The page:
A University of Maryland researcher will help lead a pilot project that aims to make mathematics departments across the nation more diverse, equitable and inclusive for staff, faculty and students.
Scott Wolpert, a mathematics professor emeritus at this university, will collaborate with three other project managers to provide diversity, equity and inclusion training to six consultants from mathematics and statistics departments at collegiate-level institutions across the country. The pilot project will begin in 2024 and last for two years to help these institutions modify their mathematics departments to provide a more welcoming, diverse space.
The project’s framework and procedures originate from Transforming Post-Secondary Education in Mathematics, an organization that strives to improve math education at the collegiate level.
Partnering with the American Association for the Advancement of Science’s STEM Equity Achievement Change initiative, TPSE Math created a document that gives institutions’ math departments the opportunity to reflect on their current DEI procedures. The document also provides options for DEI training or program adjustments.
“In TPSE Math, we’re focused on thinking about the whole national mathematics community and what’s happening, and where the mathematics community as a whole needs to go and where it needs to progress,” Wolpert said.
At many colleges and universities across the country, including this university, the mathematics department is the largest teaching unit on campus, according to Wolpert. But because of the subject’s roots in early, traditional university education, mathematics departments also have a history of teaching only a narrow demographic, he said.
“The world has changed, life has changed. The mathematics community nationally, needs to come into the year 2023 in terms of who it’s serving,” Wolpert said.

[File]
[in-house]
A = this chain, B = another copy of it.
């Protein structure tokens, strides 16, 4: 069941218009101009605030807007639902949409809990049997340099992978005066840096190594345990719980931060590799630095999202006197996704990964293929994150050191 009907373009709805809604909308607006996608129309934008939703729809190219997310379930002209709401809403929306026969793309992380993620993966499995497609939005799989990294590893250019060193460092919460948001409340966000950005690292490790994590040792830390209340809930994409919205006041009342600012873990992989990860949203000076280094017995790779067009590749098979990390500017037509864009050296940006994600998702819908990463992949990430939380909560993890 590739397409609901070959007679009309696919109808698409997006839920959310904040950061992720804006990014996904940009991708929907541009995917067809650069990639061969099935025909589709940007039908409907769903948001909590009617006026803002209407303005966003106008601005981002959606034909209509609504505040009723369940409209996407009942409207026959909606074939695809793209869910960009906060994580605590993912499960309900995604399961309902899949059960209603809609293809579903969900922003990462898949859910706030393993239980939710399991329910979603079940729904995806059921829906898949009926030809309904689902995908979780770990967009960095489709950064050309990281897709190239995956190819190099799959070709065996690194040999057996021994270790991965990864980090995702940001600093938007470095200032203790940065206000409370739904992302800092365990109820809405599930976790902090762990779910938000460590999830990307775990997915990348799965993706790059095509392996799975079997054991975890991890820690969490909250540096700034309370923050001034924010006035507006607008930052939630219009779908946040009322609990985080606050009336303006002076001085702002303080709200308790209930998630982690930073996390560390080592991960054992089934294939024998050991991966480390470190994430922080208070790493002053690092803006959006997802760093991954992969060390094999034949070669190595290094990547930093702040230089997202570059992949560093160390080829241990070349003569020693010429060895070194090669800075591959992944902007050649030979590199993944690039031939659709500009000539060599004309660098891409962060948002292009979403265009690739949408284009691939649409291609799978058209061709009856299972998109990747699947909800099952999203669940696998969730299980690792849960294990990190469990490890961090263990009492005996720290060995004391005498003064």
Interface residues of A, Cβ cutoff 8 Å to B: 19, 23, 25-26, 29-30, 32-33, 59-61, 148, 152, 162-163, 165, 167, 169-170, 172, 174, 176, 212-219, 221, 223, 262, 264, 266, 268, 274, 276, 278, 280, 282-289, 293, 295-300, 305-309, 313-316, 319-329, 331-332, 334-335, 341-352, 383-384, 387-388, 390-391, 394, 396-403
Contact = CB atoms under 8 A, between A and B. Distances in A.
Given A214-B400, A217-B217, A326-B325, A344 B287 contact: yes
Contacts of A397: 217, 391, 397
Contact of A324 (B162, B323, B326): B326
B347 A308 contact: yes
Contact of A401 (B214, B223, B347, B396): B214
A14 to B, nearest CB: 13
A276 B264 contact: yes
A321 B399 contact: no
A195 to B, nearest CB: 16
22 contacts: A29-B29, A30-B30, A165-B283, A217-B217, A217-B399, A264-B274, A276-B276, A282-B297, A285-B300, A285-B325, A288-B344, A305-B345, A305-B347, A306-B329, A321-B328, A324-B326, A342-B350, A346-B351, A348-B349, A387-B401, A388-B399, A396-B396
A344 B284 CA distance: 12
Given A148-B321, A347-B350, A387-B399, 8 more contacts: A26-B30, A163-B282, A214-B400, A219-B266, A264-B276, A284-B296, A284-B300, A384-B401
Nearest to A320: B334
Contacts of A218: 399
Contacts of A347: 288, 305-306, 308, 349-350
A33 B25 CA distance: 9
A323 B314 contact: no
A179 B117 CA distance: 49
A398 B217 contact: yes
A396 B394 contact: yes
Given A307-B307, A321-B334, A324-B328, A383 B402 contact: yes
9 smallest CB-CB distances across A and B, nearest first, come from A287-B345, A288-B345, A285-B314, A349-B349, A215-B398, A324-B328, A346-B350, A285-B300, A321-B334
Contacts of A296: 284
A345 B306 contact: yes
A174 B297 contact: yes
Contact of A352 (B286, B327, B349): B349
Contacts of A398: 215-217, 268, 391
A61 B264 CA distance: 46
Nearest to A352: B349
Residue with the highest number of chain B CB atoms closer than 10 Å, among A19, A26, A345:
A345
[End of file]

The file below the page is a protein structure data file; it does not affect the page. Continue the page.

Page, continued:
In 2022, the makeup of undergraduate degree recipients in the mathematics department at this university was 74.9% male and 40.5% white.
Junior math and computer science major Jason Lott said he’s seen how math and other STEM fields are typically male-dominated and largely white, and believes that DEI training could be beneficial to such departments.
“It’s even more important for those departments to get the training so that everyone feels welcome and everyone can succeed in those departments,” Lott said.
Meenakshi Krishnan, co-president of this university’s Women in Math organization, said math is male-dominated because there’s a need for systematic changes in education.
Krishnan, who is a third year applied math and scientific computation doctoral student, said that as a person progresses in math education, they tend to see fewer women and others of underrepresented genders. It’s important to create an environment that welcomes people who may not have previously pursued higher education in math, Krishnan said.
“Science and math itself is so important for global development, and you are really restricting yourself by cutting down talent by not letting people work in STEM, by not encouraging people to work in STEM,” Krishnan said. “By gatekeeping these fields, you’re really cutting down on innovation.”
The pilot program, funded by a $600,000 grant from the National Science Foundation, will focus on six collegiate-level institutions, Wolpert said. Staff, faculty and students at those institutions will receive training on mentoring, professional development, representation in the curriculum, support for parents and caregivers, sexual harassment policies and more.
For Krishnan, initiatives like this pilot program provide hope for more diversity in math.
“I really hope this means that we get to see more people from underrepresented genders choosing to go with math and STEM as their major and feeling comfortable in that place,” Krishnan said. “A more dynamic environment will ultimately lead to us doing better science because we are not just hearing from one demographic.”